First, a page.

The observation of low-frequency gravitational waves with the Laser Interferometer Space Antenna will allow the study of new sources of gravitational radiation that are not accessible by ground-based instruments. Gravitational wave sources provide invaluable information both about their astrophysics, as well as the nature of the gravitational interaction in their neighborhoods. One low frequency source that has not received much attention regarding the latter are galactic binaries composed of two white dwarves or a white dwarf and a neutron star. We here show that, contrary to the common lore, such gravitational wave sources can indeed be used to constrain an important feature of the gravitational interaction: the absence of pre-Newtonian, dipolar dissipation. We propose a model-independent framework to carry out a null test for the presence of this feature in the data that is very much analogous to tests of general relativity with radio-observations of binary pulsars. We then go one step further and specialize this test to scalar-tensor theories to derive projected constraints on spontaneous scalarization. We find that these constraints can be comparable to current bounds with binary pulsars, and in some optimistic cases, they can be even stronger.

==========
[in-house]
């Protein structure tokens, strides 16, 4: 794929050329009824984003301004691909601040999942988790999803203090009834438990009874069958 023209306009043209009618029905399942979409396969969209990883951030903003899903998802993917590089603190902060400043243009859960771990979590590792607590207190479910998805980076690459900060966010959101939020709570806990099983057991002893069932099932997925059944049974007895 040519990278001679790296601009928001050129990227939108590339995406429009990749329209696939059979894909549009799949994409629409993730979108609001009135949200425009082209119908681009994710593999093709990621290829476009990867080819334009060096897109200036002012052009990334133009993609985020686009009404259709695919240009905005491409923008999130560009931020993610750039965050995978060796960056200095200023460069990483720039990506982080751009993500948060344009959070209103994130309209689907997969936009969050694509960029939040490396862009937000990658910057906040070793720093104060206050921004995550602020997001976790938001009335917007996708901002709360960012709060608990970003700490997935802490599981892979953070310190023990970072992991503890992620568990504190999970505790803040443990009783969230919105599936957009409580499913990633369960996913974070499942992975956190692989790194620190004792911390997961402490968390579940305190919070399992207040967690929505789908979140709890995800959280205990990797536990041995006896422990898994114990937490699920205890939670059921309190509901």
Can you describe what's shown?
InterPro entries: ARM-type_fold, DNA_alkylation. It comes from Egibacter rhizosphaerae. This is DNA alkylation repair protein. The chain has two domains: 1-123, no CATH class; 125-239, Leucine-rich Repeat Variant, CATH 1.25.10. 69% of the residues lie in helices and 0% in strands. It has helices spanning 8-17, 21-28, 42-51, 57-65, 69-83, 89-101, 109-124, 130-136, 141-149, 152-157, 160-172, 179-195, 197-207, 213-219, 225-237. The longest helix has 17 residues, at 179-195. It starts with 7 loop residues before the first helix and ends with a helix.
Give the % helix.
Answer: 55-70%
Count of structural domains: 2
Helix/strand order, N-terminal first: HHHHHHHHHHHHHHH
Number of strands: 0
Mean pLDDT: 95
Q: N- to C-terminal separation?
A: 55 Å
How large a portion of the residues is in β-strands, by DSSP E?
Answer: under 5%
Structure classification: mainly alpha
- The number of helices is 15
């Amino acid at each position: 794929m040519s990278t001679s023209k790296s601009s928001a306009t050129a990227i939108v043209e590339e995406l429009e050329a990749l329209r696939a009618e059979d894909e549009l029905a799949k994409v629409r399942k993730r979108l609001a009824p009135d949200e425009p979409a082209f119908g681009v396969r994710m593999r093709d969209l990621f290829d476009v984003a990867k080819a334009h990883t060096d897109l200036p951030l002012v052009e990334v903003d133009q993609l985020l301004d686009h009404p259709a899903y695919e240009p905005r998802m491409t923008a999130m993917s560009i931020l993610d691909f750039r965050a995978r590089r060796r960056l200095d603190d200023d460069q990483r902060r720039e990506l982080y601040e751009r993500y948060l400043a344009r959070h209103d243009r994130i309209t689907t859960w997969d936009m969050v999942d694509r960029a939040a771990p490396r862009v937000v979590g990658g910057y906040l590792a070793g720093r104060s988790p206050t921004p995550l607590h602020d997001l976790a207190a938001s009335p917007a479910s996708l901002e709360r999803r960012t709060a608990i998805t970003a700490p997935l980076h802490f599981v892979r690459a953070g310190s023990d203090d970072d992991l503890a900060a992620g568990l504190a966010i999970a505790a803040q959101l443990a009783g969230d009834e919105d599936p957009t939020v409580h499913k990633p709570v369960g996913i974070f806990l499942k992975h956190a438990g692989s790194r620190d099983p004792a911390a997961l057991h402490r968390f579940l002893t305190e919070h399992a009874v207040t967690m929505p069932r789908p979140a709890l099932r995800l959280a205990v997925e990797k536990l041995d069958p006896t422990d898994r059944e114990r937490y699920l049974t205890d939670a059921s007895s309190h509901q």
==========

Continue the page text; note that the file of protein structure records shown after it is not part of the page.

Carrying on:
- gravitational wave
- test of gravity or experimental relativity
- white dwarf
ASJC Scopus subject areas
- Physics and Astronomy (miscellaneous)